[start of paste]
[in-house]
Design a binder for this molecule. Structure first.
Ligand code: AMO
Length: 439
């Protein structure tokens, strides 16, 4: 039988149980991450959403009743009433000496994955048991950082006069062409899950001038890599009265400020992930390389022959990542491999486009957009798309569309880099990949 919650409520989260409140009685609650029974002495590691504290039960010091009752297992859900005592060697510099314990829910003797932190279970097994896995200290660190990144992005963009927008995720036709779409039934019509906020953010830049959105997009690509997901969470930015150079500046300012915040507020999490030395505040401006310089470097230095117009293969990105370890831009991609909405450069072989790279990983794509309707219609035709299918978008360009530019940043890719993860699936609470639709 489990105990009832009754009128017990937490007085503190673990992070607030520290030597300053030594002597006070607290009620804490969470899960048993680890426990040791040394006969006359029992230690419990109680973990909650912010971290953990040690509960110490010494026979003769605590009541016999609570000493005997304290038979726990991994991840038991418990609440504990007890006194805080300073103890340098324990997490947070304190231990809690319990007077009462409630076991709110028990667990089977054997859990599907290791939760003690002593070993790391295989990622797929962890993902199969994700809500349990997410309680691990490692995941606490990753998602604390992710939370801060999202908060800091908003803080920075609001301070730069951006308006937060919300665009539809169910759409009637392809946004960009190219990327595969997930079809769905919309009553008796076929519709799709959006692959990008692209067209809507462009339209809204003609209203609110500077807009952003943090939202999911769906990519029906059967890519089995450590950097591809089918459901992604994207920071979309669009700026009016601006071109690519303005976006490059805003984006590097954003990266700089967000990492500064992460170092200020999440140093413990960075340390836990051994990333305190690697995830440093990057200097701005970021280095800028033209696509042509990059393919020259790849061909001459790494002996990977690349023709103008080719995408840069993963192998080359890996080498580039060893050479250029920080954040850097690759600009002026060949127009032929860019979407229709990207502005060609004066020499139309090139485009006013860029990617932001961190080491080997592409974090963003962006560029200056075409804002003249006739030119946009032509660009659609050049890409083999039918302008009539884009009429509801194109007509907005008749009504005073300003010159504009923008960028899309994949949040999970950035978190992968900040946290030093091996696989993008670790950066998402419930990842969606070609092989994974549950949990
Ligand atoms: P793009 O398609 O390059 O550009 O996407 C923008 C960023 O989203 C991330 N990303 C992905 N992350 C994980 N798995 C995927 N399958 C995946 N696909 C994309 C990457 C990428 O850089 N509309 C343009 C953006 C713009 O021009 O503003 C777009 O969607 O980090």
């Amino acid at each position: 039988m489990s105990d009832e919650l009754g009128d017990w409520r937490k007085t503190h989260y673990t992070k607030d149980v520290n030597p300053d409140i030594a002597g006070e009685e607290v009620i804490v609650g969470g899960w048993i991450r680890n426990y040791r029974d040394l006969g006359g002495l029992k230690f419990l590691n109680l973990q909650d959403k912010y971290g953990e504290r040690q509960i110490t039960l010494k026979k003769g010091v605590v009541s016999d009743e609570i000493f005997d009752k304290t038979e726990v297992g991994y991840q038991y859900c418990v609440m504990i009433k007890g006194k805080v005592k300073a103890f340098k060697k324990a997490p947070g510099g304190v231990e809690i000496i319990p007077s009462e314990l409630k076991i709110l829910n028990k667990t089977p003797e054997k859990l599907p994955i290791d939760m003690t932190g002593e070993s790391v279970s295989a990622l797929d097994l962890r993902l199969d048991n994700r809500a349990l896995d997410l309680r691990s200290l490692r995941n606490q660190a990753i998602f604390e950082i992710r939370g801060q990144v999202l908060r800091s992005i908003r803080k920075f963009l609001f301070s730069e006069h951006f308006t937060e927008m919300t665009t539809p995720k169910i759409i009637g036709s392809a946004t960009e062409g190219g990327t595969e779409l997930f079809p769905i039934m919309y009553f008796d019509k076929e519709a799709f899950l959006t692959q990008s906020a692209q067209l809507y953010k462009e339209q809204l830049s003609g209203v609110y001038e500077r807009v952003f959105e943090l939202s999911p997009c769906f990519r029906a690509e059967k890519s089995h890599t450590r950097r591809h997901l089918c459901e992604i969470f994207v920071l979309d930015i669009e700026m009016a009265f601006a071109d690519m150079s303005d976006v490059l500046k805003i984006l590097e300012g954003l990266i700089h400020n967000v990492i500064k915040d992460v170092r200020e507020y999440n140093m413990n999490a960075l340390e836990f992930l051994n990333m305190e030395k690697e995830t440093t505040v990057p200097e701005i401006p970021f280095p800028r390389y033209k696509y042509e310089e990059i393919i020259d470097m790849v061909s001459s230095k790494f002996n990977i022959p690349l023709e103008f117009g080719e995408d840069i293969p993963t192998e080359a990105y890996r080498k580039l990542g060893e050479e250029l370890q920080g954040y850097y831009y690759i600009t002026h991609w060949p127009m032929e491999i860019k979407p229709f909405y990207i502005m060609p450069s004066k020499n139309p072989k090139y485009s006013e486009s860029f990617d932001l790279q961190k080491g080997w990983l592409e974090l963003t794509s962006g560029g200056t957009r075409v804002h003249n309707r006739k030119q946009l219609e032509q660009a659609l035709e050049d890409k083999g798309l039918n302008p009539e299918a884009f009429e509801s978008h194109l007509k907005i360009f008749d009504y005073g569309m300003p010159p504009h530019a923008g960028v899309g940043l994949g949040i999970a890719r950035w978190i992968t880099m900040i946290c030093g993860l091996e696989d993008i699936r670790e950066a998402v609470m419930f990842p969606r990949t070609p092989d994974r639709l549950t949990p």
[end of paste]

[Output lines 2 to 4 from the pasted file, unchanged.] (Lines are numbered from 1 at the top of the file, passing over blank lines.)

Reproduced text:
Design a binder for this molecule. Structure first.
Ligand code: AMO
Length: 439